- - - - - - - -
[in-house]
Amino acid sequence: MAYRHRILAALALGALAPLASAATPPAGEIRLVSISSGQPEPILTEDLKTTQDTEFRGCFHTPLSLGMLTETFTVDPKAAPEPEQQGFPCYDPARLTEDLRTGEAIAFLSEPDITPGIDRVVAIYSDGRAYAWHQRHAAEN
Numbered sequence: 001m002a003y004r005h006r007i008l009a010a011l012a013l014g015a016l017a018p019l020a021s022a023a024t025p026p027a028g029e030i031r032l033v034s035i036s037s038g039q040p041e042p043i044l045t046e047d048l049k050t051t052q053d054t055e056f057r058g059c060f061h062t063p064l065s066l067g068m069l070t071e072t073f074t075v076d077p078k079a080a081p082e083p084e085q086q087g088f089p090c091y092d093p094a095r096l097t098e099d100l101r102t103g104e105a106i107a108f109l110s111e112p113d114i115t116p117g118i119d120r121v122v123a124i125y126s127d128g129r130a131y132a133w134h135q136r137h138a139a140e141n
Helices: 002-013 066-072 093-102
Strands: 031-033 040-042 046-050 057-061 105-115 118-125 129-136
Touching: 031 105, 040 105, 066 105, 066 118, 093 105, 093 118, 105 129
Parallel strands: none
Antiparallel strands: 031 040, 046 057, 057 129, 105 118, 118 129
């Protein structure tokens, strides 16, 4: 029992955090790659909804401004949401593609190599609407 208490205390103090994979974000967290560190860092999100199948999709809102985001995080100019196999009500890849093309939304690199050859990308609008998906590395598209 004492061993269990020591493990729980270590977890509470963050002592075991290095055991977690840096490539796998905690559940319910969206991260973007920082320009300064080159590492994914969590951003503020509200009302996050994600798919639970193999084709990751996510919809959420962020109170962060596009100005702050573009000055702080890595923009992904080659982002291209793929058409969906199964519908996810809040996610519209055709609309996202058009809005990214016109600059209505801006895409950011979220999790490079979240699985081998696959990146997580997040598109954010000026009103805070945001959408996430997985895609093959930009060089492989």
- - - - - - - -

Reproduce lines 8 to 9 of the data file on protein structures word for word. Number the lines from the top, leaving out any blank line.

Antiparallel strands: 031 040, 046 057, 057 129, 105 118, 118 129
């Protein structure tokens, strides 16, 4: 029992955090790659909804401004949401593609190599609407 208490205390103090994979974000967290560190860092999100199948999709809102985001995080100019196999009500890849093309939304690199050859990308609008998906590395598209 004492061993269990020591493990729980270590977890509470963050002592075991290095055991977690840096490539796998905690559940319910969206991260973007920082320009300064080159590492994914969590951003503020509200009302996050994600798919639970193999084709990751996510919809959420962020109170962060596009100005702050573009000055702080890595923009992904080659982002291209793929058409969906199964519908996810809040996610519209055709609309996202058009809005990214016109600059209505801006895409950011979220999790490079979240699985081998696959990146997580997040598109954010000026009103805070945001959408996430997985895609093959930009060089492989």